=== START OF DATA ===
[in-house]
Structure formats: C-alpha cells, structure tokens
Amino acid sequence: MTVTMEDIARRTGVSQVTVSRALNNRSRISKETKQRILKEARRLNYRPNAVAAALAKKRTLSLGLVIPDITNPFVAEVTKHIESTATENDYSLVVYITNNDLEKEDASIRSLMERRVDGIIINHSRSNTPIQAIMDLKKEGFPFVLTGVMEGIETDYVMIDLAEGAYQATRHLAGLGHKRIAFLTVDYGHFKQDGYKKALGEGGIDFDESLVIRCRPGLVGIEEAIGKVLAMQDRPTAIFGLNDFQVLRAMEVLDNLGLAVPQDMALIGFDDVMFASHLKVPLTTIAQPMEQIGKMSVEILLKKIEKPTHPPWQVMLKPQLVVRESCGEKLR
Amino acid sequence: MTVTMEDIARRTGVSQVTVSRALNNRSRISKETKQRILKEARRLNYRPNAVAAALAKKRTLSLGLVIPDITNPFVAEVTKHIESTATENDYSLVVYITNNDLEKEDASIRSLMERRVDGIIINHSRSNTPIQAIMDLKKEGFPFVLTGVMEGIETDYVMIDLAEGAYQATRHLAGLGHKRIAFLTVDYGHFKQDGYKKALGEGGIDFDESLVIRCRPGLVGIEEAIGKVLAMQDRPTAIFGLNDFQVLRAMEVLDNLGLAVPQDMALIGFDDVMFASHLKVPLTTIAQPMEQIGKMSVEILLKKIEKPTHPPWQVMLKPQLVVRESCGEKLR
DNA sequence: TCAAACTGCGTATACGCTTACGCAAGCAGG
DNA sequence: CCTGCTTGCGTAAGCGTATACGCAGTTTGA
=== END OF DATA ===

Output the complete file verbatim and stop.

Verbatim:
[in-house]
Structure formats: C-alpha cells, structure tokens
Amino acid sequence: MTVTMEDIARRTGVSQVTVSRALNNRSRISKETKQRILKEARRLNYRPNAVAAALAKKRTLSLGLVIPDITNPFVAEVTKHIESTATENDYSLVVYITNNDLEKEDASIRSLMERRVDGIIINHSRSNTPIQAIMDLKKEGFPFVLTGVMEGIETDYVMIDLAEGAYQATRHLAGLGHKRIAFLTVDYGHFKQDGYKKALGEGGIDFDESLVIRCRPGLVGIEEAIGKVLAMQDRPTAIFGLNDFQVLRAMEVLDNLGLAVPQDMALIGFDDVMFASHLKVPLTTIAQPMEQIGKMSVEILLKKIEKPTHPPWQVMLKPQLVVRESCGEKLR
Amino acid sequence: MTVTMEDIARRTGVSQVTVSRALNNRSRISKETKQRILKEARRLNYRPNAVAAALAKKRTLSLGLVIPDITNPFVAEVTKHIESTATENDYSLVVYITNNDLEKEDASIRSLMERRVDGIIINHSRSNTPIQAIMDLKKEGFPFVLTGVMEGIETDYVMIDLAEGAYQATRHLAGLGHKRIAFLTVDYGHFKQDGYKKALGEGGIDFDESLVIRCRPGLVGIEEAIGKVLAMQDRPTAIFGLNDFQVLRAMEVLDNLGLAVPQDMALIGFDDVMFASHLKVPLTTIAQPMEQIGKMSVEILLKKIEKPTHPPWQVMLKPQLVVRESCGEKLR
DNA sequence: TCAAACTGCGTATACGCTTACGCAAGCAGG
DNA sequence: CCTGCTTGCGTAAGCGTATACGCAGTTTGA